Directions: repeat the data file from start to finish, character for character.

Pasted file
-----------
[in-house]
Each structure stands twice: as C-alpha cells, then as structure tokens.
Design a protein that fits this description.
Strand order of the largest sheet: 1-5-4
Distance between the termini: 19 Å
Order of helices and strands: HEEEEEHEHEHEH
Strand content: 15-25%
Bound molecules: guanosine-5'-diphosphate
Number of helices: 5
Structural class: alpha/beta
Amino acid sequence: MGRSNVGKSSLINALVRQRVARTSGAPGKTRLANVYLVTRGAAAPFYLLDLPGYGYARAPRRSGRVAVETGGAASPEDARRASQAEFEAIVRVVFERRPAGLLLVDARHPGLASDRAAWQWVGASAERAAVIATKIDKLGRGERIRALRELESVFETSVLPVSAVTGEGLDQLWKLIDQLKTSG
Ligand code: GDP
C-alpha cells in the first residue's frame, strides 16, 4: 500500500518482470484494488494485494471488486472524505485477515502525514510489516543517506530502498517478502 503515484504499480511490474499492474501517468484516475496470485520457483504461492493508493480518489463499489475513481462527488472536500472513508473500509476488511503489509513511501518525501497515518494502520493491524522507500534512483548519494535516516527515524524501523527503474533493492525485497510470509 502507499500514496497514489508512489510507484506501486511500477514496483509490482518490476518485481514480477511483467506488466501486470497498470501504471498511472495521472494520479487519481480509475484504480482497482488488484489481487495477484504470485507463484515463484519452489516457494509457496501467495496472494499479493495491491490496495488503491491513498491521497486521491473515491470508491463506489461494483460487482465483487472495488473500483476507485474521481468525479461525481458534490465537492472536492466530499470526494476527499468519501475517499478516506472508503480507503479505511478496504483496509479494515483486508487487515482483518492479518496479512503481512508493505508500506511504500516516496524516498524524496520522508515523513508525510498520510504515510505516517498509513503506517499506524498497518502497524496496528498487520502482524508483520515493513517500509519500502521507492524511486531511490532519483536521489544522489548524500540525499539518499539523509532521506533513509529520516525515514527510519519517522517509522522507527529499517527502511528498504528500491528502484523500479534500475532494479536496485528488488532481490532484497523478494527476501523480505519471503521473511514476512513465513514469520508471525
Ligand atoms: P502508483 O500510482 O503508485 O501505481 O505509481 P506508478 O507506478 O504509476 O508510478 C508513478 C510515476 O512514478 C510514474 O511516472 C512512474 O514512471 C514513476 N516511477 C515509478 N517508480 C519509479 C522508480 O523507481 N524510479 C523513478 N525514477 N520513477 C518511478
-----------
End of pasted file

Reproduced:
[in-house]
Each structure stands twice: as C-alpha cells, then as structure tokens.
Design a protein that fits this description.
Strand order of the largest sheet: 1-5-4
Distance between the termini: 19 Å
Order of helices and strands: HEEEEEHEHEHEH
Strand content: 15-25%
Bound molecules: guanosine-5'-diphosphate
Number of helices: 5
Structural class: alpha/beta
Amino acid sequence: MGRSNVGKSSLINALVRQRVARTSGAPGKTRLANVYLVTRGAAAPFYLLDLPGYGYARAPRRSGRVAVETGGAASPEDARRASQAEFEAIVRVVFERRPAGLLLVDARHPGLASDRAAWQWVGASAERAAVIATKIDKLGRGERIRALRELESVFETSVLPVSAVTGEGLDQLWKLIDQLKTSG
Ligand code: GDP
C-alpha cells in the first residue's frame, strides 16, 4: 500500500518482470484494488494485494471488486472524505485477515502525514510489516543517506530502498517478502 503515484504499480511490474499492474501517468484516475496470485520457483504461492493508493480518489463499489475513481462527488472536500472513508473500509476488511503489509513511501518525501497515518494502520493491524522507500534512483548519494535516516527515524524501523527503474533493492525485497510470509 502507499500514496497514489508512489510507484506501486511500477514496483509490482518490476518485481514480477511483467506488466501486470497498470501504471498511472495521472494520479487519481480509475484504480482497482488488484489481487495477484504470485507463484515463484519452489516457494509457496501467495496472494499479493495491491490496495488503491491513498491521497486521491473515491470508491463506489461494483460487482465483487472495488473500483476507485474521481468525479461525481458534490465537492472536492466530499470526494476527499468519501475517499478516506472508503480507503479505511478496504483496509479494515483486508487487515482483518492479518496479512503481512508493505508500506511504500516516496524516498524524496520522508515523513508525510498520510504515510505516517498509513503506517499506524498497518502497524496496528498487520502482524508483520515493513517500509519500502521507492524511486531511490532519483536521489544522489548524500540525499539518499539523509532521506533513509529520516525515514527510519519517522517509522522507527529499517527502511528498504528500491528502484523500479534500475532494479536496485528488488532481490532484497523478494527476501523480505519471503521473511514476512513465513514469520508471525
Ligand atoms: P502508483 O500510482 O503508485 O501505481 O505509481 P506508478 O507506478 O504509476 O508510478 C508513478 C510515476 O512514478 C510514474 O511516472 C512512474 O514512471 C514513476 N516511477 C515509478 N517508480 C519509479 C522508480 O523507481 N524510479 C523513478 N525514477 N520513477 C518511478